In the pantheon of leading figures in the political life of the Third Reich, few have remained as elusive, both literally and figuratively, as Martin Bormann. Jochen von Lang, a magazine journalist in the German Federal Republic, has written a relatively thorough and engaging biography of Bormann. It was Lang who, after years of research, managed to reconstruct a convincing account of Bormann’s last hours, which led to the discovery of what have been identified as Bormann’s remains in West Berlin in 1971. Lang’s reports of the details of his search make good reading, and taken together they build a compelling case for the claim that Martin Bormann died in the way Lang describes. The story of this inquiry, however, takes up only a limited portion of the book, and, in itself, is more an addendum—even if a highly original and authoritative one—to the main body of the biography.
Bormann’s youth is passed over with relative abruptness in this biography. Bormann’s stepfather (the boy’s father died when Martin was three years old) apparently made relatively little fatherly impact upon him. Thus Bormann’s adolescence, unlike that of many young men who belonged to the age group which later contributed so many to the ranks of the Nazis, was not characterized by conflict with a strong patriarch or loss of a father in World War I. Bormann reached his fourteenth birthday a few days before World War I began, but his reactions to it are unrevealed. His stepfather was not in service, and Bormann adroitly avoided his own call to the front in the very last months of the war. Because Bormann was subject to the same chauvinistic and ultranationalist influences of most Germans his age, it is unclear why he had a strongly negative feeling about the war. Indeed, the slim chapter on his “Early Days” (barely ten pages in length) points to an overall flaw in this biographical account: Lang does not describe sufficiently the experiences from which his subject’s adult personality developed; he does not study the psychological complexities of Bormann’s youth and adolescence or offer any analytical insights into his upbringing. Once the author gets to Bormann’s adult life, however, the text reads well and is reasonably thorough, although a desire to know about Bormann’s adolescent development does not subside completely.
Immediately after World War I, Bormann, like many future Nazi Party members and functionaries, joined a Freikorps brigade. His role with the right-wing Rossbach free booters was, evidently, a relatively passive one. In 1922, he joined the newly established German People’s Freedom Party, a splinter group of the DNVP. His most significant act seems to have been his involvement in the so-called “Feme” (revenge justice) murder of a party member named Walter Kadow who was considered by Bormann and several of his compatriots to be a spy and a traitor. Bormann landed in jail for his association with the murder conspiracy, although the significance of his role in Kadow’s death remains obscure. Indeed, Bormann was in the dock in early 1924 at exactly the same time his future leader, Adolf Hitler, was being tried in Munich for his leadership in the abortive Munich “Beer Hall Putsch” of November, 1923.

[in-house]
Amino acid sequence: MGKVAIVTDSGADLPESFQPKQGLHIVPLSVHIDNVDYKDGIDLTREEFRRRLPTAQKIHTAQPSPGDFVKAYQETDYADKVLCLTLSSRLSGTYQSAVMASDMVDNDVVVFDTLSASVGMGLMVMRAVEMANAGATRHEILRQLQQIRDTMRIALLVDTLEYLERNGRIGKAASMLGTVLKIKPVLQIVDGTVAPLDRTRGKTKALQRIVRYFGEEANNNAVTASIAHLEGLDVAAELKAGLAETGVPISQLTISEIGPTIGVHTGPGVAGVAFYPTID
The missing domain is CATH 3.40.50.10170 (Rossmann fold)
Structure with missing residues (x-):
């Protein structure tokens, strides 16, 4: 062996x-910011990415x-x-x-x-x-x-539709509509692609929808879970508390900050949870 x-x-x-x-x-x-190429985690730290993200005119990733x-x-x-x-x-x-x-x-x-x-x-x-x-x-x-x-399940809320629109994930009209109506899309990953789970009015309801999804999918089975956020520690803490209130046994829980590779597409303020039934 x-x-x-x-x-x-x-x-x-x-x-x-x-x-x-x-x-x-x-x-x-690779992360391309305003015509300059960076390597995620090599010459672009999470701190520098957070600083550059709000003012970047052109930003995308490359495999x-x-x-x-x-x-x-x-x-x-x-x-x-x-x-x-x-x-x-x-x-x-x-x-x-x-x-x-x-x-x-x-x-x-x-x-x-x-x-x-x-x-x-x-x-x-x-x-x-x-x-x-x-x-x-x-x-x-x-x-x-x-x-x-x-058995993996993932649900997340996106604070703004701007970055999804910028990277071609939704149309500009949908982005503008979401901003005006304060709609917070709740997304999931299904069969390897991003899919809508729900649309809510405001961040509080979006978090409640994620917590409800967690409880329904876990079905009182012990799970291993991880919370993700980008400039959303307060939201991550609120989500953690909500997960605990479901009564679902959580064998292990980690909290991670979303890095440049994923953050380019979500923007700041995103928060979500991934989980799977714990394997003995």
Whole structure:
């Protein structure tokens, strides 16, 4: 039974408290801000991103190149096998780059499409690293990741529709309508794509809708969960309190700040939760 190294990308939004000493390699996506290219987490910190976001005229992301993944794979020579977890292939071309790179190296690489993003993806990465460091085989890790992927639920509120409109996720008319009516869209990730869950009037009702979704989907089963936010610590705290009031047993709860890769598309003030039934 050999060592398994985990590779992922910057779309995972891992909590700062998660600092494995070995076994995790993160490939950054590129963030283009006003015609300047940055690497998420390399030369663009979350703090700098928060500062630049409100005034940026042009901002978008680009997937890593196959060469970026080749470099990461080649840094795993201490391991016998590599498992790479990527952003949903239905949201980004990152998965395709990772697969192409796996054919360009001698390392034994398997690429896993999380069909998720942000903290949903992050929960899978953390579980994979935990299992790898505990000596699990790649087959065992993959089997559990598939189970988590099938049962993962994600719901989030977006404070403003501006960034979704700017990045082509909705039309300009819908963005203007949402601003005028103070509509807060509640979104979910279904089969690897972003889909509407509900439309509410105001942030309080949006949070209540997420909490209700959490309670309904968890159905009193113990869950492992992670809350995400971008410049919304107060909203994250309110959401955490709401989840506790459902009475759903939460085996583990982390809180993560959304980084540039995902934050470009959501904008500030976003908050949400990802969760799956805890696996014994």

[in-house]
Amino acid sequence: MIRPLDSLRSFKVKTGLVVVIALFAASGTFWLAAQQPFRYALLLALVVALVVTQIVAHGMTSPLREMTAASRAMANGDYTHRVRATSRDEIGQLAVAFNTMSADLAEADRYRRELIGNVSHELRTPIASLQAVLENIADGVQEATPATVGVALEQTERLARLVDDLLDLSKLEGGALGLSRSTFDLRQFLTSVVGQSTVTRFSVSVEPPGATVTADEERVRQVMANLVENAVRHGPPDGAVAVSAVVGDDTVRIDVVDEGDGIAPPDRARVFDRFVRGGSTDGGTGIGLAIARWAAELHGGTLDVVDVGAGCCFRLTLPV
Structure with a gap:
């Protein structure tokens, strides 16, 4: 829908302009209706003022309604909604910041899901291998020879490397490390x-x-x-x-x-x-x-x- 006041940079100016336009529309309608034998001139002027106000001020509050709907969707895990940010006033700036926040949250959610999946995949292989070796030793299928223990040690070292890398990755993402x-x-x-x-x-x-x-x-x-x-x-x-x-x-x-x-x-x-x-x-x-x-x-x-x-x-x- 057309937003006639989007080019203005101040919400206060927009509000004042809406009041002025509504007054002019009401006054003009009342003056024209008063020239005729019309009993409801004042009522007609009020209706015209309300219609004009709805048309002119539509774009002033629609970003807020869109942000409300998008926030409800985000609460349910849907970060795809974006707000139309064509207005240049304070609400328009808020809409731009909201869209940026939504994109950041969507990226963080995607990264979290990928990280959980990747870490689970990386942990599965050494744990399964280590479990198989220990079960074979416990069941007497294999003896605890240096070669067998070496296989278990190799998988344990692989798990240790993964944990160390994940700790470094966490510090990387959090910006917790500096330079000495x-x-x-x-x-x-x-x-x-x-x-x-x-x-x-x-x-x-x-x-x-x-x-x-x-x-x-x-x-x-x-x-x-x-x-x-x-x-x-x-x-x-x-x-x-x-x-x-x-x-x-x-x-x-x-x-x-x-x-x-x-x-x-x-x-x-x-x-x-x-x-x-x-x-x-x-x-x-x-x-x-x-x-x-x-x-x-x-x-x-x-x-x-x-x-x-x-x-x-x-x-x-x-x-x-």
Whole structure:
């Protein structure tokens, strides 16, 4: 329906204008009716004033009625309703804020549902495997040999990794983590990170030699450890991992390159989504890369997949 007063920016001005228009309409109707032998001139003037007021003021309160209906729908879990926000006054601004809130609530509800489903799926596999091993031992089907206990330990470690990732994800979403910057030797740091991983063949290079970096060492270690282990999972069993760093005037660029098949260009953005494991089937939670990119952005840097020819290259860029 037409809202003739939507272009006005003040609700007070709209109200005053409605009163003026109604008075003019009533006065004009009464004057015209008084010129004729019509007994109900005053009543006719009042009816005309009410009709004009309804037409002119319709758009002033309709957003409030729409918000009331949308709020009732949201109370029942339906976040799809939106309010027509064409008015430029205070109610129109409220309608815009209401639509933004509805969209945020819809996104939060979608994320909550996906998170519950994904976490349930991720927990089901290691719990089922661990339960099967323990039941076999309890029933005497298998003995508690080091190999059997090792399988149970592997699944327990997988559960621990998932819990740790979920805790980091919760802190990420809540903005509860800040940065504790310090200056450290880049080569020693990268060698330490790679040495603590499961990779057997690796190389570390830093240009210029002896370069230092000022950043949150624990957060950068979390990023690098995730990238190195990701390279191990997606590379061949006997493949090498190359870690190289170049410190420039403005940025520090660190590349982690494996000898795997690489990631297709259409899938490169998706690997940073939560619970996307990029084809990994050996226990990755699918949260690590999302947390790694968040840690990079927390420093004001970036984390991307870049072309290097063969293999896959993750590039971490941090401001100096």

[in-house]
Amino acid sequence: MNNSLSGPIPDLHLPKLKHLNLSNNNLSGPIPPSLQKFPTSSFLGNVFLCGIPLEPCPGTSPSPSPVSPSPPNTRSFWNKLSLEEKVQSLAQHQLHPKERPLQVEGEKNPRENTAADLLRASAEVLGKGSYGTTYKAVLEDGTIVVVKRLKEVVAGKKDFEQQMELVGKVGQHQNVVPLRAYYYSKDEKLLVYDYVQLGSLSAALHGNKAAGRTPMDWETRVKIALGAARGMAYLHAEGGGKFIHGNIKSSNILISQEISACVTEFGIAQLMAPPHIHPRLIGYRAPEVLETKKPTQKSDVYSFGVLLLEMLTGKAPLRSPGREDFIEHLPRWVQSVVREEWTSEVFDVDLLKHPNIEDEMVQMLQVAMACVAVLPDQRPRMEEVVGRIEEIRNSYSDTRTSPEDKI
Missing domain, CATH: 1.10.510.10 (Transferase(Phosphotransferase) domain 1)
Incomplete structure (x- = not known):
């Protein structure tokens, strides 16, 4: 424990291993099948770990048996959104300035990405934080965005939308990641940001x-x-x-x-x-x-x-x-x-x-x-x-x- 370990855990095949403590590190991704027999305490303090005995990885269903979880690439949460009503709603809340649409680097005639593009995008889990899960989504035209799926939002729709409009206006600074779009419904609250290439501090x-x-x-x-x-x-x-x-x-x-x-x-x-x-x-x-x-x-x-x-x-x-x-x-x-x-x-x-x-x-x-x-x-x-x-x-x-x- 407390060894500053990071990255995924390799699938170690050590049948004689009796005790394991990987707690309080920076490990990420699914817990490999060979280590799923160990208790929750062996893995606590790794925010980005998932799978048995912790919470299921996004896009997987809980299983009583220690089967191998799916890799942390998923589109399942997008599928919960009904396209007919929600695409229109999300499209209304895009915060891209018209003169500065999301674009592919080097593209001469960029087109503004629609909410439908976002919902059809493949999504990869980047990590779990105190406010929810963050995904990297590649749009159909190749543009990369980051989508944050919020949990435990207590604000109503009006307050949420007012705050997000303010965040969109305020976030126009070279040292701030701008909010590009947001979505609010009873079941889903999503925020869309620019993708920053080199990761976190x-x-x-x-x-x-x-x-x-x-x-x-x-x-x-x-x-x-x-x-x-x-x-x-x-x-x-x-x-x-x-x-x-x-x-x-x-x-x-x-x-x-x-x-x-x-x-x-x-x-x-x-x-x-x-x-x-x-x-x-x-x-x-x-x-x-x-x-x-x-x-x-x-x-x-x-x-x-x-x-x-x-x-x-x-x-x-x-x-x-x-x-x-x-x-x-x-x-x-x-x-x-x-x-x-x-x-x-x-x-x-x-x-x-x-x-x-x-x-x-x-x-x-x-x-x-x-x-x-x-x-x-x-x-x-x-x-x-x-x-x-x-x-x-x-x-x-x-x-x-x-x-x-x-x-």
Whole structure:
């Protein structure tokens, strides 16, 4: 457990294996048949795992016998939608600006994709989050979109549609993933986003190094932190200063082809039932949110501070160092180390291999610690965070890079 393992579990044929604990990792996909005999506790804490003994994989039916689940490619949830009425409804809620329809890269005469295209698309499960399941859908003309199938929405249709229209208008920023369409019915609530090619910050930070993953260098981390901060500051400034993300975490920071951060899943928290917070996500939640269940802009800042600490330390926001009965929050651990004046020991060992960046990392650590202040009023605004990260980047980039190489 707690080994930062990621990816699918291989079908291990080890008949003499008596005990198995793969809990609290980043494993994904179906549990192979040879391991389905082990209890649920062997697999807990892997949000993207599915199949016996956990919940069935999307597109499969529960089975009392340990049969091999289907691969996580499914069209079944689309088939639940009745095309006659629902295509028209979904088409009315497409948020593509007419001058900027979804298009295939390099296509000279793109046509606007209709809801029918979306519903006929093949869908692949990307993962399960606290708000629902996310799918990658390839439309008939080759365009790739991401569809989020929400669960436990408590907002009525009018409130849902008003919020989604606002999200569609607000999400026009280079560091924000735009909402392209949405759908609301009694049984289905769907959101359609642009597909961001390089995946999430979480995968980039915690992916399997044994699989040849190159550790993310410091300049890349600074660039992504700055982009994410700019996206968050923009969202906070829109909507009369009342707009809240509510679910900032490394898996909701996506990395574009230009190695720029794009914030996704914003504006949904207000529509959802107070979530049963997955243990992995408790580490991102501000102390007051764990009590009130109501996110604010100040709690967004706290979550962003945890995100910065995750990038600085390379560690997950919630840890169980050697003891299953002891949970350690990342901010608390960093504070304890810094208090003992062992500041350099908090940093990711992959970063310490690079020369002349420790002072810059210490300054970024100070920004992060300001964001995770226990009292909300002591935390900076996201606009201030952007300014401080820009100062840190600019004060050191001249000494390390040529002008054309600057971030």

Bormann, a womanizer and a less than moderate drinker at this point in his life, negotiated his way into the Nazi Party by way of bureaucratic service to the administering of the insurance plan for SA men. In 1930, he paved the way for converting this plan into the Nazi Party Relief Fund. In September, 1929, he married Gerda Buch, daughter of Walter Buch, the head of USCHLA (an apparatus for resolving disputes within the Party) and herself a new member of the Nazi Party. Hitler attended the ceremony, and the marriage clearly armed Bormann with impeccable familial connections within the Party. In 1938, however, the elder Buch, who had previously angered Hitler over his investigation of the corrupt Nazi Gauleiter (district leader), went too far once again by suggesting prosecution of some of those in the higher echelons of the Party who plausibly could be held responsible for the outrages against Jews and their property on the “Crystal Night” of November 9, 1938. The result was that Buch was dropped from the Party. Gerda sided with her husband, who was unwilling to intervene on behalf of his father-in-law in the affair, and instead worked to seal her father’s demise.
(The entire section is 1827 words.)